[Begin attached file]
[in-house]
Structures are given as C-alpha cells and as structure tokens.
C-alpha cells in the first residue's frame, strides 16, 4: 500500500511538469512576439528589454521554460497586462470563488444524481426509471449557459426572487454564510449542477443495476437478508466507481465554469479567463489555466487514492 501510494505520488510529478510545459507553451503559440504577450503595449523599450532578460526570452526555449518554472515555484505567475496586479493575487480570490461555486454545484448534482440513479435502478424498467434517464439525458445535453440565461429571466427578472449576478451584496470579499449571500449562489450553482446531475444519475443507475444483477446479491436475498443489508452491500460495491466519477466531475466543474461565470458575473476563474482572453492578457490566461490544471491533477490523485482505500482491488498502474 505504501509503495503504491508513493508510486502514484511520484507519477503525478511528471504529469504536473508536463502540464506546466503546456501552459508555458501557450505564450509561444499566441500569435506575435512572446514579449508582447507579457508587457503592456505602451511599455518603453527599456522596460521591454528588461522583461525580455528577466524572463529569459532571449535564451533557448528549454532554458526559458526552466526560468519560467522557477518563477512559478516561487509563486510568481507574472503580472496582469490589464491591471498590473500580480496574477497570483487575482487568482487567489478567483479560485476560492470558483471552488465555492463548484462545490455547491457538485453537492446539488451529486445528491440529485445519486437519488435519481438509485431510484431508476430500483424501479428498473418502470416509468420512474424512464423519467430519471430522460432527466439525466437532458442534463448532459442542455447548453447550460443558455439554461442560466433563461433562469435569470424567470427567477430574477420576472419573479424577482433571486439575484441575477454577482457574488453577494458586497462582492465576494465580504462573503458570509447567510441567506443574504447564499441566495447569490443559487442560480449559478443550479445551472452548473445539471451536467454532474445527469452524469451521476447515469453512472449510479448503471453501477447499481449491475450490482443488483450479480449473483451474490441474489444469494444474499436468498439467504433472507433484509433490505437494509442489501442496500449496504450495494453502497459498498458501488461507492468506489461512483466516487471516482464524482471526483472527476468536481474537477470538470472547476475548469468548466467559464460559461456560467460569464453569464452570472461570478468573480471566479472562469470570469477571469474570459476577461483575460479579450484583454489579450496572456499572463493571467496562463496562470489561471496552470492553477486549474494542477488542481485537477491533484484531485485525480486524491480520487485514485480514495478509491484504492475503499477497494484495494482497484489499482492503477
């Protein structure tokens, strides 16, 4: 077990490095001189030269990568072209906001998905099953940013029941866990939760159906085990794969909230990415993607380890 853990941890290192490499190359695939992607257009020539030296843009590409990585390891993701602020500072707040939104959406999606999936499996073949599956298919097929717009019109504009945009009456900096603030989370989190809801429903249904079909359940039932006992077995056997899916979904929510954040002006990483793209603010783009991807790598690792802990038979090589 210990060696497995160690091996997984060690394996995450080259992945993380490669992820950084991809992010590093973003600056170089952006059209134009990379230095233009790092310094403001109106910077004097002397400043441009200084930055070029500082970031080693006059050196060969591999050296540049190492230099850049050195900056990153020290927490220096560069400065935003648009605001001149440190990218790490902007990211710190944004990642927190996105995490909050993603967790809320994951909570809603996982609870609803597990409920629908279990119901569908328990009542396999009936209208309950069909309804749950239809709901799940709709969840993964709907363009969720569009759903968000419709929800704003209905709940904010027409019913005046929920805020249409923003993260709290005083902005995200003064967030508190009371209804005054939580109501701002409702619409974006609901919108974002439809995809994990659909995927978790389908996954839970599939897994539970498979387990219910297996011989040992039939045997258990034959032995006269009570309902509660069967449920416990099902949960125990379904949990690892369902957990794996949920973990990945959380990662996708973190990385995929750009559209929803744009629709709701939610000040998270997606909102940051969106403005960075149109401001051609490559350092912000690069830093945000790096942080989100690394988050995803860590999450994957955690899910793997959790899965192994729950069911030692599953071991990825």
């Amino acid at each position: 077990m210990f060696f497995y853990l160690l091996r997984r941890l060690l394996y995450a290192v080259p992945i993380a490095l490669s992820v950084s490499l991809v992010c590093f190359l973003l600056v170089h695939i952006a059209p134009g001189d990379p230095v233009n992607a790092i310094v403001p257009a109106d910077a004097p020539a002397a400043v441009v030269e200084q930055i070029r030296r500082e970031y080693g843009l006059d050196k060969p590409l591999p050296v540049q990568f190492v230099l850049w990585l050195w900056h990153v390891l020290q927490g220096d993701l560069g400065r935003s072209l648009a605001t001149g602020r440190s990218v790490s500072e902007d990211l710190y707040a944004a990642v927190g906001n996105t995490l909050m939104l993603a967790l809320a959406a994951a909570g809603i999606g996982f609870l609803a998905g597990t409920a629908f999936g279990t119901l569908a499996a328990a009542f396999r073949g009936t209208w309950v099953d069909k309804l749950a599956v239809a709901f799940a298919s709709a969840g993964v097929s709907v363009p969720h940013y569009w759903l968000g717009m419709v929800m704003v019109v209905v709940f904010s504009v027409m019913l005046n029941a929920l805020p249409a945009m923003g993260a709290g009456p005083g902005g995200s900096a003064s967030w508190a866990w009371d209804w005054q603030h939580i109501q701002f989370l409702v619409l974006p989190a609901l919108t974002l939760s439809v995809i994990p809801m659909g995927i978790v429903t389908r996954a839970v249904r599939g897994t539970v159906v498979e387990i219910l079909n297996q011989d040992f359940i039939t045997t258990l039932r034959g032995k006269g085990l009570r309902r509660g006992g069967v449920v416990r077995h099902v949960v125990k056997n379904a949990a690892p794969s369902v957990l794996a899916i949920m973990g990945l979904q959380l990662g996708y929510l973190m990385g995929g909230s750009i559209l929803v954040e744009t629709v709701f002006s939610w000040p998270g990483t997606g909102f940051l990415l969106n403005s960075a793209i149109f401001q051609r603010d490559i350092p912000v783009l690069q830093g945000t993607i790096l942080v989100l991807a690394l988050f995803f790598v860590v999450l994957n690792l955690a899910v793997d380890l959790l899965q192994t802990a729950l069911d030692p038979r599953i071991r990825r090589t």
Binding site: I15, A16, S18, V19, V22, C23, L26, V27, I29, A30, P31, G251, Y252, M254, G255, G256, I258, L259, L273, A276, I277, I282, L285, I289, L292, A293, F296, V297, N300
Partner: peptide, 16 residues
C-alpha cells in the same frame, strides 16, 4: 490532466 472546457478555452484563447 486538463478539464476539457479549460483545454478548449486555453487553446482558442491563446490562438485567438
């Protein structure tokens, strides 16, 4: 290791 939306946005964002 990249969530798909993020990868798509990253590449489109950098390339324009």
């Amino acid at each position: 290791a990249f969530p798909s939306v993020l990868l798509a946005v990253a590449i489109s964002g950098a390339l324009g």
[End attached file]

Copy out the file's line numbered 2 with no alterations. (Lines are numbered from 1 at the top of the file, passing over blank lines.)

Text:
Structures are given as C-alpha cells and as structure tokens.